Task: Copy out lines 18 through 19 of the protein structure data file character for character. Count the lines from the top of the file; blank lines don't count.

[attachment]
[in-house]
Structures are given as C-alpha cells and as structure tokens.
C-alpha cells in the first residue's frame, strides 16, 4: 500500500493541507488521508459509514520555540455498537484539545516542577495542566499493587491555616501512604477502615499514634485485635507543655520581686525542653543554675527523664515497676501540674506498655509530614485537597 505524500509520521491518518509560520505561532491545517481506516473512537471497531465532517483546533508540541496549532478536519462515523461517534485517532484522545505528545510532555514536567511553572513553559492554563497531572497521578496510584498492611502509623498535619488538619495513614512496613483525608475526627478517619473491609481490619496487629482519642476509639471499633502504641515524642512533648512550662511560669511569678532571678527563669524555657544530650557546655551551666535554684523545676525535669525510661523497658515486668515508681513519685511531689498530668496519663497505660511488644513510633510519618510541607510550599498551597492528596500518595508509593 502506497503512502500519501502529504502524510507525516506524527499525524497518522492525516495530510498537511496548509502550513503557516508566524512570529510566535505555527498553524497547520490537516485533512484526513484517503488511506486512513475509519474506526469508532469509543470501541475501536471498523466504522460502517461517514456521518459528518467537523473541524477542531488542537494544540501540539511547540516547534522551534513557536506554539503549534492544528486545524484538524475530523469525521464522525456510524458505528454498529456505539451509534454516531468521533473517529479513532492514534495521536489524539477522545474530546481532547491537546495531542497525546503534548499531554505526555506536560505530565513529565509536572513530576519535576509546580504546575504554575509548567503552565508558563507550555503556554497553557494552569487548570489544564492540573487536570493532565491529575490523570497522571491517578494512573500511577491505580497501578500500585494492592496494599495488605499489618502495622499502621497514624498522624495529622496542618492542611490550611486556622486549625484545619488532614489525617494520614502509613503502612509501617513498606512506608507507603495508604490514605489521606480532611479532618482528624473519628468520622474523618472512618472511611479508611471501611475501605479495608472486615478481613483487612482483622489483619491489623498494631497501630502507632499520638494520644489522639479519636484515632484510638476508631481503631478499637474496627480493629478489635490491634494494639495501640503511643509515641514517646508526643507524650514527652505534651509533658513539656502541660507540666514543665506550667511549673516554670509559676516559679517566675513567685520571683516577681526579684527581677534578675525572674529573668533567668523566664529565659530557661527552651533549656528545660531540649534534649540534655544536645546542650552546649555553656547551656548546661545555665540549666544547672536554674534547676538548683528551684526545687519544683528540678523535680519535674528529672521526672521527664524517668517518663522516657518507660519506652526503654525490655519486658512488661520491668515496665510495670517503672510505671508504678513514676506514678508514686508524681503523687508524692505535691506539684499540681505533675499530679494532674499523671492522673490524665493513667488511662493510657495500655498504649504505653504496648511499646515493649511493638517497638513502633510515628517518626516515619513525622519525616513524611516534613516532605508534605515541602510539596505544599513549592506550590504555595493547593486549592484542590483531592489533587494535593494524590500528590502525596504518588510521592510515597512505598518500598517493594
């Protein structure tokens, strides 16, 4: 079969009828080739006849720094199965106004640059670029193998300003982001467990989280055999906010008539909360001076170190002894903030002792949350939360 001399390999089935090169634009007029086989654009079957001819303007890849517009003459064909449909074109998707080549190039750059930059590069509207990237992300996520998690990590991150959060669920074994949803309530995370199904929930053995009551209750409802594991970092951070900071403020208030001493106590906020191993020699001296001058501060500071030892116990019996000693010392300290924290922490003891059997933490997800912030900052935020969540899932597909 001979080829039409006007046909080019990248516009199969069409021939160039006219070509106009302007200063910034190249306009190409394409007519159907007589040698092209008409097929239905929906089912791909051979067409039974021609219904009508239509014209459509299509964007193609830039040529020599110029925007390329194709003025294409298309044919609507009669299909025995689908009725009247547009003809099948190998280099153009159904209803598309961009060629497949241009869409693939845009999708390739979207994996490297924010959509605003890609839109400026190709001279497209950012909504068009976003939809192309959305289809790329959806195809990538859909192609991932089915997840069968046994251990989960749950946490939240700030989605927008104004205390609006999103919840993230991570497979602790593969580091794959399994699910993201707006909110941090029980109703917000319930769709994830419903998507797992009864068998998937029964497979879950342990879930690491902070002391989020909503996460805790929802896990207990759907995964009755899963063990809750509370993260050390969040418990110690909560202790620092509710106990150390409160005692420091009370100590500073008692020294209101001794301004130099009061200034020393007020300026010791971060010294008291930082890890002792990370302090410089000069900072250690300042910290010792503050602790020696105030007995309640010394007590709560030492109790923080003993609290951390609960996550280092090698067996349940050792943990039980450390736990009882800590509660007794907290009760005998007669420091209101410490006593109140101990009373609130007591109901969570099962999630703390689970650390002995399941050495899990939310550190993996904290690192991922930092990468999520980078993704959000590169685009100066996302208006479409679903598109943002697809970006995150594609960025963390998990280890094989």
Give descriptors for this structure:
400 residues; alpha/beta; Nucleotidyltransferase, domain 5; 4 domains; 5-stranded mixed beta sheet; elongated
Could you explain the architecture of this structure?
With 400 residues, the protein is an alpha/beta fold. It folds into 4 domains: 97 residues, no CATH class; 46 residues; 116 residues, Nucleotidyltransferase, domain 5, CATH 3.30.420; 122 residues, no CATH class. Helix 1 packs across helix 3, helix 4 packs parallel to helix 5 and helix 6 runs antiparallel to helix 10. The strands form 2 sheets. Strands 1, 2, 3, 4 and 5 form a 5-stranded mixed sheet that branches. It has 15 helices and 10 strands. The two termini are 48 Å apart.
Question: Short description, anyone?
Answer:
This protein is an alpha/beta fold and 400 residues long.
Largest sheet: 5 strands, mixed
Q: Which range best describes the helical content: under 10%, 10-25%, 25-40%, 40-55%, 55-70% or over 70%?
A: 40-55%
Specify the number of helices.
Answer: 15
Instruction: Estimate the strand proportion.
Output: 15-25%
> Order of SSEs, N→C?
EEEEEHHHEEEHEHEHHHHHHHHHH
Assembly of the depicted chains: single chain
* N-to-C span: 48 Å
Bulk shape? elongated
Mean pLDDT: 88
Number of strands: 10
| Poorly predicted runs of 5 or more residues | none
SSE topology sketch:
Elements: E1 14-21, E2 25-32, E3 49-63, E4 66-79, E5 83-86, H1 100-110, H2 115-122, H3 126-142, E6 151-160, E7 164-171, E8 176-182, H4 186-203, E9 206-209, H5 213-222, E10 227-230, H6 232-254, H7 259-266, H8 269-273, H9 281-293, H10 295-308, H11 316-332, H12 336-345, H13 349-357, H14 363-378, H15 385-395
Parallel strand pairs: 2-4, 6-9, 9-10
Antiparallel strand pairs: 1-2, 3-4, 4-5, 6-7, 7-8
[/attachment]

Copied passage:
Output: 15-25%
> Order of SSEs, N→C?